BAM celebrates completion of Dawlish sea wall at official opening ceremony

BAM joined Network Rail, the Secretary of State for Transport, The Rt Hon Mark Harper MP, the local council and local school pupils in Dawlish, Devon, to mark the completion and official opening of the £80m Dawlish sea wall.

The sea wall, which is now complete, will protect the south west railway - a vital link for communities and businesses in 50 towns and cities – for generations to come. The railway line to the south west was cut off in 2014 following a severe storm, costing the economy millions, and isolating communities. 

The completion ceremony in Dawlish marked the official opening of the new sea wall. Pupils from Westcliff Primary Academy helped unveil the plaque and read a poem about how the sea wall will protect the railway from the impacts of climate change.

The wall, which stands eight metres high and 775 metres long, will protect the railway from extreme weather for generations to come. The structure acts as a barrier to stop waves flooding the track or causing damage to infrastructure. The wall is designed to reflect waves back into the sea, even in the face of climate change and rising sea levels, helping to prevent the railway from closing during stormy weather, as well as protecting the town of Dawlish.

The completion of this remarkable engineering feat has been made possible through the collaboration between BAM, Network Rail and the local community. During the build more than £15m has been invested in the local economy, using local labour, materials and accommodation.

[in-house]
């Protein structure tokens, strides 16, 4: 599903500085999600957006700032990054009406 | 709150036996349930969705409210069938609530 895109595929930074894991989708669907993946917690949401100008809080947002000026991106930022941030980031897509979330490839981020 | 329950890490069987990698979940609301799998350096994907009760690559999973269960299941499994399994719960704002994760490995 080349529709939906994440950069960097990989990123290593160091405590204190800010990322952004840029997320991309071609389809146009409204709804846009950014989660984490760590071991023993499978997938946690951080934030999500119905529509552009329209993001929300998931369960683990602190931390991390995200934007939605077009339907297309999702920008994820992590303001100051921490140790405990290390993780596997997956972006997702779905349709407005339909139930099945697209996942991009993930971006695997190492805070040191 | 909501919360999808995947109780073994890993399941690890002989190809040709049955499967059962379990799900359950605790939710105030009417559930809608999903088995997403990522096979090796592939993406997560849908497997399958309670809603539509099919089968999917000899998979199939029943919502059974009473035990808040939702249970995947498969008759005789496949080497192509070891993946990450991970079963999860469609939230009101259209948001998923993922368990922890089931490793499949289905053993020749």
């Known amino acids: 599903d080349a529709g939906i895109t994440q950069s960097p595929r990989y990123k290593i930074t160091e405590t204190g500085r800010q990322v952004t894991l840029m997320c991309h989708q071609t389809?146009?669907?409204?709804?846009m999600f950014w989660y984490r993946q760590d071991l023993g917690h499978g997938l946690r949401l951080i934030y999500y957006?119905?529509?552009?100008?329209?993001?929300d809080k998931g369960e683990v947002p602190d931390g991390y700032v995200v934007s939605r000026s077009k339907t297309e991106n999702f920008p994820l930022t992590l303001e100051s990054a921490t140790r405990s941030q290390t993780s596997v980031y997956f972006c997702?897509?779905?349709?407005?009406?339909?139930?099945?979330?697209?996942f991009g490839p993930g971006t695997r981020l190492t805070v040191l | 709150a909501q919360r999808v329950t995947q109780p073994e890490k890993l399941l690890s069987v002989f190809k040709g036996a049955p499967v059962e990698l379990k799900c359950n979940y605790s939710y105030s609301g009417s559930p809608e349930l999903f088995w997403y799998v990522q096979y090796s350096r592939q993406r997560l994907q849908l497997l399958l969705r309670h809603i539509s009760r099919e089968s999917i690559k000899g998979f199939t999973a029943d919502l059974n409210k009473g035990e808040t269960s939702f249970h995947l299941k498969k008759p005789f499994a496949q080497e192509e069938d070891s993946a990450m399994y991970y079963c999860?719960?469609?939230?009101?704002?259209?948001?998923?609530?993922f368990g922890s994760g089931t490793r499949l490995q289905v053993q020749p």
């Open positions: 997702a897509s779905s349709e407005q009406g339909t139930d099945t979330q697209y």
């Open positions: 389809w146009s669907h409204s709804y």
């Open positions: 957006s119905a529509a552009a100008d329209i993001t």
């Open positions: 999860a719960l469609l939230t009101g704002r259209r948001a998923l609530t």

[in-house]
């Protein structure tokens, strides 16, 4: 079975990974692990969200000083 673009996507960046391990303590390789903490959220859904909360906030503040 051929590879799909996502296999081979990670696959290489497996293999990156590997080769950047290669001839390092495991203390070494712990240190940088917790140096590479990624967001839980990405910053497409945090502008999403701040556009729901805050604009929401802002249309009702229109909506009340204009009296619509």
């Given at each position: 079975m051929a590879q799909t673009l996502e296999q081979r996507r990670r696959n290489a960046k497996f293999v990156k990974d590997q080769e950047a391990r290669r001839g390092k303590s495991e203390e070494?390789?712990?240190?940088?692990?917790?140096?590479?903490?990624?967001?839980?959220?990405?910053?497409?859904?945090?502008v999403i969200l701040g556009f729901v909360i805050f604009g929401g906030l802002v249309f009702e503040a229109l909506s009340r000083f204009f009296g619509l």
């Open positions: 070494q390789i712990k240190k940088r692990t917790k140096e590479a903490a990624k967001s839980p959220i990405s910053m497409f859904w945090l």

Dawlish Sea wall
Alan Cox

Alan Cox, BAM managing director, Regions

“BAM and Network Rail have turned adversity into triumph at Dawlish through collaboration and resilience. Our dedicated team showcased ingenuity, overcoming physical challenges with innovative solutions. 

“Beyond completing the infrastructure project, we are proud of our team's problem-solving skills and their commitment to open communication. We built strong bonds with the local community, keeping them informed and engaged throughout the process.

“Looking back, this project will forever be a source of immense pride for our team. Our legacy in Dawlish exemplifies determination and collaboration, leaving a lasting impact on the town, Great Western Railway, and its passengers for generations.”

Michelle Handforth, regional managing director of Network Rail’s Wales and Western region, said: “I’m delighted that we could be joined by the Secretary of State for Transport to mark the official opening of the sea wall in Dawlish.

“The line is a vital transport link for the south west, something that was starkly highlighted when sections of the railway were washed away and flooded during an intense storm in 2014.

“Enhancing the resilience of this coastal stretch of line is vitally important for the region, especially given the challenges posed by climate change and the increasing frequency of extreme weather.

“Working with world-leading engineers and with funding from the Government, we’ve been able to protect the railway line and town of Dawlish for generations to come.

“I’d particularly like to thank the Dawlish community for their patience and support while the construction took place close to their homes and businesses over three-and-half years.”

Dawlish - BAM